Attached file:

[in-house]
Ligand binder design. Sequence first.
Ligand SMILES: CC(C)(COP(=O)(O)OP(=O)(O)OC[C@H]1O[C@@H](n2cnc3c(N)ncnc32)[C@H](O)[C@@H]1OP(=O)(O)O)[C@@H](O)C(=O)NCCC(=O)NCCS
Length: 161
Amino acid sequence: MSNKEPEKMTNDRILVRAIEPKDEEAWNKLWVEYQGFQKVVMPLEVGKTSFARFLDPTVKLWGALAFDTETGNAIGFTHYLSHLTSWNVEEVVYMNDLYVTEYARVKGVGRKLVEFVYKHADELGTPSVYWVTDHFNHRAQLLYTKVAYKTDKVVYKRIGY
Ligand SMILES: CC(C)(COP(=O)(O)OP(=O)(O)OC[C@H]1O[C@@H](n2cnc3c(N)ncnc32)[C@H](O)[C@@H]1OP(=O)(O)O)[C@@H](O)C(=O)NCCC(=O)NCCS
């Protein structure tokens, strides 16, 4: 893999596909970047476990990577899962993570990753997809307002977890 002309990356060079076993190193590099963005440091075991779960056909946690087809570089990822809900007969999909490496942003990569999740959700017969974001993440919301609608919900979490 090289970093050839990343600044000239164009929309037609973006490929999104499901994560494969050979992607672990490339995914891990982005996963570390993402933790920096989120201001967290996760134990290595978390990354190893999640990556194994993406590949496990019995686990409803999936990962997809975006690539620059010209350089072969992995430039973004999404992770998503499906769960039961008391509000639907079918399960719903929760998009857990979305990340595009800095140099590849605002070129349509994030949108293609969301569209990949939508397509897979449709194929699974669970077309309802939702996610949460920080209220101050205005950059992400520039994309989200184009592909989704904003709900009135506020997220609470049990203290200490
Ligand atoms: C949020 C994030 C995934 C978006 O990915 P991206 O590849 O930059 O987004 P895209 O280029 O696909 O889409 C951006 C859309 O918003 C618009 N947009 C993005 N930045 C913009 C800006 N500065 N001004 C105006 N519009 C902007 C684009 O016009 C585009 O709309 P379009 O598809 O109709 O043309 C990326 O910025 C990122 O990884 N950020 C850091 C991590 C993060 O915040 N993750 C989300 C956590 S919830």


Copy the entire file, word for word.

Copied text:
[in-house]
Ligand binder design. Sequence first.
Ligand SMILES: CC(C)(COP(=O)(O)OP(=O)(O)OC[C@H]1O[C@@H](n2cnc3c(N)ncnc32)[C@H](O)[C@@H]1OP(=O)(O)O)[C@@H](O)C(=O)NCCC(=O)NCCS
Length: 161
Amino acid sequence: MSNKEPEKMTNDRILVRAIEPKDEEAWNKLWVEYQGFQKVVMPLEVGKTSFARFLDPTVKLWGALAFDTETGNAIGFTHYLSHLTSWNVEEVVYMNDLYVTEYARVKGVGRKLVEFVYKHADELGTPSVYWVTDHFNHRAQLLYTKVAYKTDKVVYKRIGY
Ligand SMILES: CC(C)(COP(=O)(O)OP(=O)(O)OC[C@H]1O[C@@H](n2cnc3c(N)ncnc32)[C@H](O)[C@@H]1OP(=O)(O)O)[C@@H](O)C(=O)NCCC(=O)NCCS
């Protein structure tokens, strides 16, 4: 893999596909970047476990990577899962993570990753997809307002977890 002309990356060079076993190193590099963005440091075991779960056909946690087809570089990822809900007969999909490496942003990569999740959700017969974001993440919301609608919900979490 090289970093050839990343600044000239164009929309037609973006490929999104499901994560494969050979992607672990490339995914891990982005996963570390993402933790920096989120201001967290996760134990290595978390990354190893999640990556194994993406590949496990019995686990409803999936990962997809975006690539620059010209350089072969992995430039973004999404992770998503499906769960039961008391509000639907079918399960719903929760998009857990979305990340595009800095140099590849605002070129349509994030949108293609969301569209990949939508397509897979449709194929699974669970077309309802939702996610949460920080209220101050205005950059992400520039994309989200184009592909989704904003709900009135506020997220609470049990203290200490
Ligand atoms: C949020 C994030 C995934 C978006 O990915 P991206 O590849 O930059 O987004 P895209 O280029 O696909 O889409 C951006 C859309 O918003 C618009 N947009 C993005 N930045 C913009 C800006 N500065 N001004 C105006 N519009 C902007 C684009 O016009 C585009 O709309 P379009 O598809 O109709 O043309 C990326 O910025 C990122 O990884 N950020 C850091 C991590 C993060 O915040 N993750 C989300 C956590 S919830």